There’s also a criticism of individualism here that leaves a bad taste in my mouth (like bad cornbread, yuck). While many on the left claim we live in a hyper-individualistic society, this can only be said to be true if your idea of individualism is to treat the individual as disposable in the extreme. Whether it is corporations or governments our bodies are frequently and nigh consistently disposable to their own ends as long as they can profit in some ways. And that doesn’t always look like a monetary profit, sometimes a gain in power or social capital is enough. Whatever the case is, the individual suffers, wreaking our chances at collective empowerment.
One consequence of this rise in perfectionism, Curran and Hall argue, has been a series of epidemics of serious mental illness. Perfectionism is highly correlated with anxiety, eating disorders, depression, and suicidal thoughts. The constant compulsion to be perfect, and the inevitable impossibility of the task, exacerbate mental-illness symptoms in people who are already vulnerable.
As I said earlier, those who struggle with mental illness are already likely to dislike themselves or see themselves in the mirror and not like what they see (points if you got that reference). But add to that capitalism’s toxic message that you are only correct as an individual if you have the right car, the right house, the right kind of income, the right skin, the right sexual orientation, etc. etc. and you have a recipe for a huge amount of shame.
And as the study this article is citing notes, it doesn’t just happen to those struggling with mental illness but those who are more vulnerable or likely to fall into bad brain patterns. Capitalistic flavored perfectionism can wreck havoc on our communities and no matter how “queer friendly” they want to pretend they are or how “mindful” they want their workplaces, it isn’t enough. It won’t be enough until we make the system enough for ourselves. And that won’t happen till we abolish capitalism and the state.
One last thing, it’s a nitpick and slightly off-topic but…
It’s not hard to see parallels between the three dimensions of perfectionism and so-called “call-out culture,” lately the hegemonic tendency on the Left: a condition in which everyone watches everyone else for a fatal slip-up, holding themselves to impossibly high standards of virtuous self-effacement, and being paralyzed with the secret (again, not unfounded) fear that they’re disposable to the group, that their judgment day is around the corner.
The pattern is of a piece with other manifestations of neoliberal meritocratic perfectionism, from college admissions to obsessive Instagram curation. And because it divides rather than unites us, it’s no way to build a movement that ostensibly seeks to strike at the heart of power.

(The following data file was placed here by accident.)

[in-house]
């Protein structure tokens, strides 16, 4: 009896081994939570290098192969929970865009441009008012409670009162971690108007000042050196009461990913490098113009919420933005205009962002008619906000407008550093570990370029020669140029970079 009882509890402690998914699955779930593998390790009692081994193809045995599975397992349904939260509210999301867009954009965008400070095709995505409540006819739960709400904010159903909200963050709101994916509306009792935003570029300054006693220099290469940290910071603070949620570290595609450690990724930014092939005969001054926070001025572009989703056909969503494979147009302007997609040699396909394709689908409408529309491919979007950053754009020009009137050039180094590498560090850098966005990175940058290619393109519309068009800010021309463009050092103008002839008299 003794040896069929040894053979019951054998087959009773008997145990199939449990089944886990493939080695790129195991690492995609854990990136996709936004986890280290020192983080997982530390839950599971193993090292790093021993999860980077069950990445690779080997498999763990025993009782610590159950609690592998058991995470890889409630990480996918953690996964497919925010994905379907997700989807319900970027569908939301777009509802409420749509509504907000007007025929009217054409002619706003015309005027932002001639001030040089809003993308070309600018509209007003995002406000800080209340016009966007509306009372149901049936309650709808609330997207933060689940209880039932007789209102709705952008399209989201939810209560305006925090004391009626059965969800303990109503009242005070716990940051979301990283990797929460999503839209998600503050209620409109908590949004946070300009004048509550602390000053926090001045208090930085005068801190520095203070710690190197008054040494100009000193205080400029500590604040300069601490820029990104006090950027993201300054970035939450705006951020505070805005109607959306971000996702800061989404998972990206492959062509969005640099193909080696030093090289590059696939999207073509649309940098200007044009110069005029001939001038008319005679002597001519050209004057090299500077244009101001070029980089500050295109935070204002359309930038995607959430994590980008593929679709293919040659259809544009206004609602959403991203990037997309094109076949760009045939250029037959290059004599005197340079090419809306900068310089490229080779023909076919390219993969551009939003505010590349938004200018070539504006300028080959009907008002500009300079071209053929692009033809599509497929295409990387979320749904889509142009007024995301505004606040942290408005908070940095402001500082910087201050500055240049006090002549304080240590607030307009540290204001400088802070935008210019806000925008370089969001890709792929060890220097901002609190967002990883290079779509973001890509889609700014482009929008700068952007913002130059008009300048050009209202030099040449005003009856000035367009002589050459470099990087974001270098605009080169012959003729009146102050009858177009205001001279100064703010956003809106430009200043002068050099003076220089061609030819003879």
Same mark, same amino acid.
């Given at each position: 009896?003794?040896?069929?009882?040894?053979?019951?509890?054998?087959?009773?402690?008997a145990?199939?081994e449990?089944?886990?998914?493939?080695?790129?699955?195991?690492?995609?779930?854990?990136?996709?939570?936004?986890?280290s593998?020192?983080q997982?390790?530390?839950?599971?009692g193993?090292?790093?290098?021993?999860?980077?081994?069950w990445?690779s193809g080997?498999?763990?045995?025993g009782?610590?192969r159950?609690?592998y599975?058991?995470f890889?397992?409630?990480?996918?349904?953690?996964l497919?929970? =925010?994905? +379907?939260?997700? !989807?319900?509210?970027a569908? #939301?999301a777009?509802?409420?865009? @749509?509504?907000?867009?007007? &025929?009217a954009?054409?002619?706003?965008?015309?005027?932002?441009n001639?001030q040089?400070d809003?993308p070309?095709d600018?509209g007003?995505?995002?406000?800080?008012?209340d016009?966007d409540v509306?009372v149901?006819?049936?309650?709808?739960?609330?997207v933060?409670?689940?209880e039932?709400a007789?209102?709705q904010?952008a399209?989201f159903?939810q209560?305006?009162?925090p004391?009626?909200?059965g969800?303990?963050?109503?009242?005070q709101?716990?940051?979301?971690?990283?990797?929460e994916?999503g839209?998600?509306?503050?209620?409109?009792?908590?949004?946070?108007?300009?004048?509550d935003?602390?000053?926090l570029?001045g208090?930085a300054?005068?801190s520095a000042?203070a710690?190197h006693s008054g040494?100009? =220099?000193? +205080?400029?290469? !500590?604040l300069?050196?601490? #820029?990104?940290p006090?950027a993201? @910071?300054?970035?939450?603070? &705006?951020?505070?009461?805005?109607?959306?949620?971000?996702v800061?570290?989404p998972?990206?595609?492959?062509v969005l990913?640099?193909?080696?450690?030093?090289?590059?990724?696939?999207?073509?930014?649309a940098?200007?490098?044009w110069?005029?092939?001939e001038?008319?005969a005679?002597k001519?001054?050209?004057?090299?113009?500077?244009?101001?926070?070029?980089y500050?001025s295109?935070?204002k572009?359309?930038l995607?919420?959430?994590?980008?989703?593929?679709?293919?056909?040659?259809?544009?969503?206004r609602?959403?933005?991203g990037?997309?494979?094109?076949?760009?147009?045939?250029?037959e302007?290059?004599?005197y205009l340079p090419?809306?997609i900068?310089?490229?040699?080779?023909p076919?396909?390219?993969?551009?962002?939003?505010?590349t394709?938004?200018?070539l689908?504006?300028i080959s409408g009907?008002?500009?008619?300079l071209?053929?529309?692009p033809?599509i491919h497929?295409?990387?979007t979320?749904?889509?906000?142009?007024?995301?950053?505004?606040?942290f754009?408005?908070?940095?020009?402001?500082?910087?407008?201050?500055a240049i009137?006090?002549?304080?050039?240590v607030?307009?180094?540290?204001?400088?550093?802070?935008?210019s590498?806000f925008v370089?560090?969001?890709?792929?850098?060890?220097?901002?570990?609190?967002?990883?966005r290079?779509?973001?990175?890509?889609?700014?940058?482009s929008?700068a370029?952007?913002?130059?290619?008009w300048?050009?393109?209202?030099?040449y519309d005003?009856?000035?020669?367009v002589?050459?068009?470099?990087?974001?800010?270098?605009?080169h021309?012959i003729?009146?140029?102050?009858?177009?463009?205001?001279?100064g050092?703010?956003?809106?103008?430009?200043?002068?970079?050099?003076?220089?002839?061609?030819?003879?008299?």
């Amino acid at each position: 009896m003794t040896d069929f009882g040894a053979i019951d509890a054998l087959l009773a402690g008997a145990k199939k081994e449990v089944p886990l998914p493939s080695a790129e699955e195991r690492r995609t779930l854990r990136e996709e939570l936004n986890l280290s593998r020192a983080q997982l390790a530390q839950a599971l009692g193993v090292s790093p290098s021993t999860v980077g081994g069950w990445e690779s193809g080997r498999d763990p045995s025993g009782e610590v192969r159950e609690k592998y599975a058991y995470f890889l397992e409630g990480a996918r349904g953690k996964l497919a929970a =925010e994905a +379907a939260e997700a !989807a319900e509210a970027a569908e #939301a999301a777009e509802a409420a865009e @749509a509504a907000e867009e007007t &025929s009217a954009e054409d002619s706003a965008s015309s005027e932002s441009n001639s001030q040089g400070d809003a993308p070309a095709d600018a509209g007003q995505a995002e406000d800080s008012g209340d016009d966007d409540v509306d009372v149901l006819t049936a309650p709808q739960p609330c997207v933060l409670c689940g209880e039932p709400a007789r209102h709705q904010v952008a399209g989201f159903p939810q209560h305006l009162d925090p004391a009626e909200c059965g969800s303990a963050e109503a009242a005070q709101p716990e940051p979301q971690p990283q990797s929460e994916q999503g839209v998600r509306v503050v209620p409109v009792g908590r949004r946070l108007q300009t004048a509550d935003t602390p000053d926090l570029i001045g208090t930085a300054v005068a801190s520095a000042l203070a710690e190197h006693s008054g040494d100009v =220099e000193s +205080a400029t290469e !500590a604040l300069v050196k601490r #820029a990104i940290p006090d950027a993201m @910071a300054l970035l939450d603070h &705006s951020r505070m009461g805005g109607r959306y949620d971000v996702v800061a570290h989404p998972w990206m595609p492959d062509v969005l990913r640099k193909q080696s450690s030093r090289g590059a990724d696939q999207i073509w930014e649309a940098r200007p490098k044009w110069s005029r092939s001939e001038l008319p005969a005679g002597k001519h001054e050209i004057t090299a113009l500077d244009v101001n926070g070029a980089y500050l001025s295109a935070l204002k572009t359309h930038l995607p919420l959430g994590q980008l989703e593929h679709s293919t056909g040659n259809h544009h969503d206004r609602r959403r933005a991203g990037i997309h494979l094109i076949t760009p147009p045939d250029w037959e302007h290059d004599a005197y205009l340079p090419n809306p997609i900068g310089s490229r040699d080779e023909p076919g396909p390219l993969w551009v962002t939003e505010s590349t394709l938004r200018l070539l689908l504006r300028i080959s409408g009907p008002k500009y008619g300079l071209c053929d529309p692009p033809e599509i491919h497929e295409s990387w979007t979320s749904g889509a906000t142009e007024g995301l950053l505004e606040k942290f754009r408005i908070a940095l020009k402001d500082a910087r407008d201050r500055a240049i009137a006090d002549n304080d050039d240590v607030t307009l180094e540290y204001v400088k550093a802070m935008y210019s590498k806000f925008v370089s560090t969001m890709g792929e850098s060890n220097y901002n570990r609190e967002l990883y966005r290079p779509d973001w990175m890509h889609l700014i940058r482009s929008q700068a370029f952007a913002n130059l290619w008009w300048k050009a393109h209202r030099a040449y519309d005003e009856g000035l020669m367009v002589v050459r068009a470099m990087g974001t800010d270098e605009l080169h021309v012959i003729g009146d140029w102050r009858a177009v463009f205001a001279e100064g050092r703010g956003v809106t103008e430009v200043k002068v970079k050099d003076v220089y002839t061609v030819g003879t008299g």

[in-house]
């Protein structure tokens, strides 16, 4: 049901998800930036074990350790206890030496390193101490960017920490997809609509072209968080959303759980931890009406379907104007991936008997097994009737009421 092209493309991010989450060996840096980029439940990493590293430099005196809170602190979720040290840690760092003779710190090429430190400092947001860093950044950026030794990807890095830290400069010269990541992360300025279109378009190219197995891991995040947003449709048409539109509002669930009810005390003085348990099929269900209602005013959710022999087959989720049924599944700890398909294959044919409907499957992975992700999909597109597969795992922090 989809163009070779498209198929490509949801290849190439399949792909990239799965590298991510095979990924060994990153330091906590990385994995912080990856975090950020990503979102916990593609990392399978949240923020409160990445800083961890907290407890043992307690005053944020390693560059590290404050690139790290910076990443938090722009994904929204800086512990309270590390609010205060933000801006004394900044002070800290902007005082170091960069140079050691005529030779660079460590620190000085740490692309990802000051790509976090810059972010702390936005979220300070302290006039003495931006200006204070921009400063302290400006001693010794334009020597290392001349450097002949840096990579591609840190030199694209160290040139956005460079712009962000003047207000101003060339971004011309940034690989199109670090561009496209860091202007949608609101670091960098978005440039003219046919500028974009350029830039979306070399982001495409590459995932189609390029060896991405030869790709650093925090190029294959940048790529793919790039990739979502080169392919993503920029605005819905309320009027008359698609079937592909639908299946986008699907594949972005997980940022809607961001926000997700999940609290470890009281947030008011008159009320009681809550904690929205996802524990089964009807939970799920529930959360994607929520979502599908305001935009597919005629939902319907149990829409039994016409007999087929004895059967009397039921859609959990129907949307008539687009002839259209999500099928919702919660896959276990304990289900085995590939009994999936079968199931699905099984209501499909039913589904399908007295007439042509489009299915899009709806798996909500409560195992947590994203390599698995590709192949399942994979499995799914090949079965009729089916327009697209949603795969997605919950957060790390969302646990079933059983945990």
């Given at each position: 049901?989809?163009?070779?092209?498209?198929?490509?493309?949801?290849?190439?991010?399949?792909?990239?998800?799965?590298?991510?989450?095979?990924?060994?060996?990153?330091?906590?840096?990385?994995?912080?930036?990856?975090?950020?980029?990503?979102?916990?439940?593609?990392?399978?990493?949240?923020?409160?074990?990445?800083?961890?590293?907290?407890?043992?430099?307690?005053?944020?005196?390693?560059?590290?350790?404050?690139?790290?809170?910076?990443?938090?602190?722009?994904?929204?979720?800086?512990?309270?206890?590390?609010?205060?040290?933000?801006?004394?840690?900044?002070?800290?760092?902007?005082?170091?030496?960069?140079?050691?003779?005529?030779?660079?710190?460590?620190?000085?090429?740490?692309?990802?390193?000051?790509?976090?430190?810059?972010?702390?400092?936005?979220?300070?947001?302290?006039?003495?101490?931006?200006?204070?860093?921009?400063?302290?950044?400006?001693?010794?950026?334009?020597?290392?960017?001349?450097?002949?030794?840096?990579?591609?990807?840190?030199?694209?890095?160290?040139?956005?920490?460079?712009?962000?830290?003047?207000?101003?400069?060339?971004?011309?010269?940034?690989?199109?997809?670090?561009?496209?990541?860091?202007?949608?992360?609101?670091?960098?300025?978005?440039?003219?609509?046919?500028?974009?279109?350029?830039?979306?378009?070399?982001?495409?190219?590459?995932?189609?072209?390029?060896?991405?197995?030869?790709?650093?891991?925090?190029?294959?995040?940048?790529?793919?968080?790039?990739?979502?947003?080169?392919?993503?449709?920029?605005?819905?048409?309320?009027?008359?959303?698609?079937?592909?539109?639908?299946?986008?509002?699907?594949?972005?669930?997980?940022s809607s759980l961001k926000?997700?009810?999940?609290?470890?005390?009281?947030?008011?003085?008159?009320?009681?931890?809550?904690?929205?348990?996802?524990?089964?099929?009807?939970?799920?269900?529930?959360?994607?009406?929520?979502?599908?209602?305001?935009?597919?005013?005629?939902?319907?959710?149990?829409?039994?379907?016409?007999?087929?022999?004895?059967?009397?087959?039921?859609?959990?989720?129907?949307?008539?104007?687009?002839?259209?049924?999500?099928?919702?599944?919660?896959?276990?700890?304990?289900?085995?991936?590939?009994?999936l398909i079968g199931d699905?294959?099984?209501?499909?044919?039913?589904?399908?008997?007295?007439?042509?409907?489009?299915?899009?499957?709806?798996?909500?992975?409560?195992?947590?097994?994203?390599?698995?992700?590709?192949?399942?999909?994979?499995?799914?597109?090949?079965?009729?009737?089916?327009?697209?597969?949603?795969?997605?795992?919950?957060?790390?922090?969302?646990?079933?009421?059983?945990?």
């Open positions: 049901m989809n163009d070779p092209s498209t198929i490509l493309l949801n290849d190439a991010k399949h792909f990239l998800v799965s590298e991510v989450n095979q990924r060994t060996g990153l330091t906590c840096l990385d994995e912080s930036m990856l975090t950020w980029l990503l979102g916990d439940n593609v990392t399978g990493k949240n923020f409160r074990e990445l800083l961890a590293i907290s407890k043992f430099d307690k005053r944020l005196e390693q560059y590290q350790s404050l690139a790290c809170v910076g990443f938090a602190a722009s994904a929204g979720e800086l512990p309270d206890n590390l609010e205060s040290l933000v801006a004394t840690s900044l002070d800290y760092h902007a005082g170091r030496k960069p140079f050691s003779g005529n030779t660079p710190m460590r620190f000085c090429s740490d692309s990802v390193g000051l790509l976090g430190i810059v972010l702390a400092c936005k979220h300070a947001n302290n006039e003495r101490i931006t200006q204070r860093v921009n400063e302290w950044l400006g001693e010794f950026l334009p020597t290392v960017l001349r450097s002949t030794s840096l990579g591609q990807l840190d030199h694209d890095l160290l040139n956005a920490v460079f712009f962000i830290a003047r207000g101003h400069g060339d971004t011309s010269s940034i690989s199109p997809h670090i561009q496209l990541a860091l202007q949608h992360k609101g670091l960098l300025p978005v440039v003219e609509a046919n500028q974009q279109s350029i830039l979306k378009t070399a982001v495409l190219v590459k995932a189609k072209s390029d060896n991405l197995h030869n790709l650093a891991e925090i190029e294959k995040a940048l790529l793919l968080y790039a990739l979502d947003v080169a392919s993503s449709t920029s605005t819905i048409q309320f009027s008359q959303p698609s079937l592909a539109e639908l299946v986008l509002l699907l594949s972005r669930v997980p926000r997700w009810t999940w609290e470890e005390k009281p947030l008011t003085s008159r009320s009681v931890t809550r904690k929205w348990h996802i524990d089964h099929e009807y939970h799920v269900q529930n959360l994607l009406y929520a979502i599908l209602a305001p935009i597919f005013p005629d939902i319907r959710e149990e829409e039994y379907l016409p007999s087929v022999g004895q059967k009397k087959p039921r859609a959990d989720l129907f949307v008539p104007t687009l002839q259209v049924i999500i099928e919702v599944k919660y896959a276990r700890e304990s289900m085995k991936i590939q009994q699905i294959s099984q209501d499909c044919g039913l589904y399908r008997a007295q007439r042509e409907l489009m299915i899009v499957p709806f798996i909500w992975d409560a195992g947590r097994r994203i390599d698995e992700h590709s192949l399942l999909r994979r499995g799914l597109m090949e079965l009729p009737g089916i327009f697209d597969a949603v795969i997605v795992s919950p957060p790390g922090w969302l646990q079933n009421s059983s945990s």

You know how people (and by people I mean right-wingers) say that “this kind of stuff is what pushes people to the right”? Well, this is the kind of shit that may actually do that, because it plants seeds into people’s heads that calling people out is now equivalent to a “judgement day”.
In fairness, I get the hate of call-out culture to an extent and it’s not like I don’t have my own criticisms of public shaming. I’ve had my own experiences that, for better and worse, color my understanding of what call-out culture looks like and I think there can often be better alternatives. But calling people out often is not synonymous with “cancel-culture” or treating people as disposable, not necessarily anyways.
It can be a wake up call and a way for folks to grow and learn from their mistakes. Instead of treating it like some sort of fundamental attack on their ego, people are better off treating it as a way of making themselves better, but not in a perfectionist way.
Wanting people to be aware of their mistakes and especially when they’ve hurt others is not the same as saying people are never perfect or should be perfect. This is a gross simplification and one that relies on right-wing caricatures of the left at its base. The idea that we’re all waiting for someone else to slip-up is just not true (I’m watching for the memes, mostly), most people inevitably slip-up and hurt other people.
That doesn’t make it OK though and I think it’s fine if others want to call attention to that. Take the recent case of Chelsea Cain, I don’t know a ton about her but I know she is a cis woman who tried to write trans folks in fiction, did poorly, didn’t take the feedback well and then offered trans people to look at her work and edit(?) it for free. As in, you know, “for the exposure” basically. Needless to say, Twitter wasn’t happy about this.
As a result, Cain has recently deleted her Twitter account due to how much negative feedback she got. Now, I’m not here about to defend every single comment but on the other hand, what a shitty thing to do, right? On all fronts, trying to raise our voices but then not listen to them and only to try to raise them through exploitative means says many things about you, but most of them are not kind. Is this some sort of “judgement day” for Cain though? I doubt it. If she was in a position to get this kind of attention to begin with then it seems unlikely she doesn’t have backups.
Still, I think it’s always good to reflect on how capitalist norms of perfectionism can seep into our own leftist mores around morality itself and how we judge each other. There’s something to this inane criticism, but it needs more fleshing out and less basing itself off of right-wing criticisms to resemble anything informative or helpful.
Ah well, as they say…pobody’s nerfect!